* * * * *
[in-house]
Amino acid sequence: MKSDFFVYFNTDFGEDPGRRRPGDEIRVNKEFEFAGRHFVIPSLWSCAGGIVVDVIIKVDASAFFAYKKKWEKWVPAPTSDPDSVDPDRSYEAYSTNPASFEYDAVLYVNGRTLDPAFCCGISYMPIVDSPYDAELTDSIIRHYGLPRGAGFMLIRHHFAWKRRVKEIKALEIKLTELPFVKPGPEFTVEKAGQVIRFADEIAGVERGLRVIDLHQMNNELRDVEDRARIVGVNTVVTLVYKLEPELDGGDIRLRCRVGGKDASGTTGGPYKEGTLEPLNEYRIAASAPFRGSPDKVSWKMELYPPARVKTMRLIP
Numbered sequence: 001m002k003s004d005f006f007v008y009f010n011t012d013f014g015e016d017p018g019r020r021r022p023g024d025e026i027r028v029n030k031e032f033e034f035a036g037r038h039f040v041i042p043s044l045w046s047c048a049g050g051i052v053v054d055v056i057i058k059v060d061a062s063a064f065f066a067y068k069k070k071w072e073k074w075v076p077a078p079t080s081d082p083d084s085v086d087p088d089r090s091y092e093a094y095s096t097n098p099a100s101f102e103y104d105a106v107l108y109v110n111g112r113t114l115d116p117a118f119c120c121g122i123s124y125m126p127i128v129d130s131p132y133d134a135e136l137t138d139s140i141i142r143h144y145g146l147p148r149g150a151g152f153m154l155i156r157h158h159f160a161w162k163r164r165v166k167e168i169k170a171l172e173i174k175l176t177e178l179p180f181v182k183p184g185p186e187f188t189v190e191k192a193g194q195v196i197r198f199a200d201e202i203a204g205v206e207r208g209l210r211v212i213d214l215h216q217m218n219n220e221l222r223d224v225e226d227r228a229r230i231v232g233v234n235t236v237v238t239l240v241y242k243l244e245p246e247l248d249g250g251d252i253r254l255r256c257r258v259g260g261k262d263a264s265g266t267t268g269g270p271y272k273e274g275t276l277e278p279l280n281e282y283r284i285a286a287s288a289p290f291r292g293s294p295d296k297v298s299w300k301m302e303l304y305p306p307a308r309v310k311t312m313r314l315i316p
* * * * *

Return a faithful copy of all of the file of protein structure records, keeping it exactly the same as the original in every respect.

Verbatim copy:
[in-house]
Amino acid sequence: MKSDFFVYFNTDFGEDPGRRRPGDEIRVNKEFEFAGRHFVIPSLWSCAGGIVVDVIIKVDASAFFAYKKKWEKWVPAPTSDPDSVDPDRSYEAYSTNPASFEYDAVLYVNGRTLDPAFCCGISYMPIVDSPYDAELTDSIIRHYGLPRGAGFMLIRHHFAWKRRVKEIKALEIKLTELPFVKPGPEFTVEKAGQVIRFADEIAGVERGLRVIDLHQMNNELRDVEDRARIVGVNTVVTLVYKLEPELDGGDIRLRCRVGGKDASGTTGGPYKEGTLEPLNEYRIAASAPFRGSPDKVSWKMELYPPARVKTMRLIP
Numbered sequence: 001m002k003s004d005f006f007v008y009f010n011t012d013f014g015e016d017p018g019r020r021r022p023g024d025e026i027r028v029n030k031e032f033e034f035a036g037r038h039f040v041i042p043s044l045w046s047c048a049g050g051i052v053v054d055v056i057i058k059v060d061a062s063a064f065f066a067y068k069k070k071w072e073k074w075v076p077a078p079t080s081d082p083d084s085v086d087p088d089r090s091y092e093a094y095s096t097n098p099a100s101f102e103y104d105a106v107l108y109v110n111g112r113t114l115d116p117a118f119c120c121g122i123s124y125m126p127i128v129d130s131p132y133d134a135e136l137t138d139s140i141i142r143h144y145g146l147p148r149g150a151g152f153m154l155i156r157h158h159f160a161w162k163r164r165v166k167e168i169k170a171l172e173i174k175l176t177e178l179p180f181v182k183p184g185p186e187f188t189v190e191k192a193g194q195v196i197r198f199a200d201e202i203a204g205v206e207r208g209l210r211v212i213d214l215h216q217m218n219n220e221l222r223d224v225e226d227r228a229r230i231v232g233v234n235t236v237v238t239l240v241y242k243l244e245p246e247l248d249g250g251d252i253r254l255r256c257r258v259g260g261k262d263a264s265g266t267t268g269g270p271y272k273e274g275t276l277e278p279l280n281e282y283r284i285a286a287s288a289p290f291r292g293s294p295d296k297v298s299w300k301m302e303l304y305p306p307a308r309v310k311t312m313r314l315i316p